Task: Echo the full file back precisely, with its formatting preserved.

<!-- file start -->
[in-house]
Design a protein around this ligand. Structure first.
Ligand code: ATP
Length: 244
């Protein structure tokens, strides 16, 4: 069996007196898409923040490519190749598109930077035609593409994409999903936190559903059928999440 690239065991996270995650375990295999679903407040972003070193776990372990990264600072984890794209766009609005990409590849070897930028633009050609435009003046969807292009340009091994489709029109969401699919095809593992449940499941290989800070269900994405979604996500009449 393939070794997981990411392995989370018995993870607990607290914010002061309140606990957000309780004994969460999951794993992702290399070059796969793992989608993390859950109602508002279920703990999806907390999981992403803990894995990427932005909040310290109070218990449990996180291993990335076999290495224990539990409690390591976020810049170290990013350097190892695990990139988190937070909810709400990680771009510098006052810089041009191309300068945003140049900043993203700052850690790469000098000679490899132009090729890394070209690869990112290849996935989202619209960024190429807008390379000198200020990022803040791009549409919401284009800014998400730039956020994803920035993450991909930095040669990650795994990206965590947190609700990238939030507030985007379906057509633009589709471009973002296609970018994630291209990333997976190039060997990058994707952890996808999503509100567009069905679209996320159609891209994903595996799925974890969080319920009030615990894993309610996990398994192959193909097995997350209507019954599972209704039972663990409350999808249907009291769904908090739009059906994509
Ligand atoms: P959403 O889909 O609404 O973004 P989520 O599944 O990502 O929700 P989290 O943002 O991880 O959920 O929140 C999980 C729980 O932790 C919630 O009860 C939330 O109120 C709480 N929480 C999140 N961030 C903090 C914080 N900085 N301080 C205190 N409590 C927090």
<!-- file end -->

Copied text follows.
[in-house]
Design a protein around this ligand. Structure first.
Ligand code: ATP
Length: 244
């Protein structure tokens, strides 16, 4: 069996007196898409923040490519190749598109930077035609593409994409999903936190559903059928999440 690239065991996270995650375990295999679903407040972003070193776990372990990264600072984890794209766009609005990409590849070897930028633009050609435009003046969807292009340009091994489709029109969401699919095809593992449940499941290989800070269900994405979604996500009449 393939070794997981990411392995989370018995993870607990607290914010002061309140606990957000309780004994969460999951794993992702290399070059796969793992989608993390859950109602508002279920703990999806907390999981992403803990894995990427932005909040310290109070218990449990996180291993990335076999290495224990539990409690390591976020810049170290990013350097190892695990990139988190937070909810709400990680771009510098006052810089041009191309300068945003140049900043993203700052850690790469000098000679490899132009090729890394070209690869990112290849996935989202619209960024190429807008390379000198200020990022803040791009549409919401284009800014998400730039956020994803920035993450991909930095040669990650795994990206965590947190609700990238939030507030985007379906057509633009589709471009973002296609970018994630291209990333997976190039060997990058994707952890996808999503509100567009069905679209996320159609891209994903595996799925974890969080319920009030615990894993309610996990398994192959193909097995997350209507019954599972209704039972663990409350999808249907009291769904908090739009059906994509
Ligand atoms: P959403 O889909 O609404 O973004 P989520 O599944 O990502 O929700 P989290 O943002 O991880 O959920 O929140 C999980 C729980 O932790 C919630 O009860 C939330 O109120 C709480 N929480 C999140 N961030 C903090 C914080 N900085 N301080 C205190 N409590 C927090």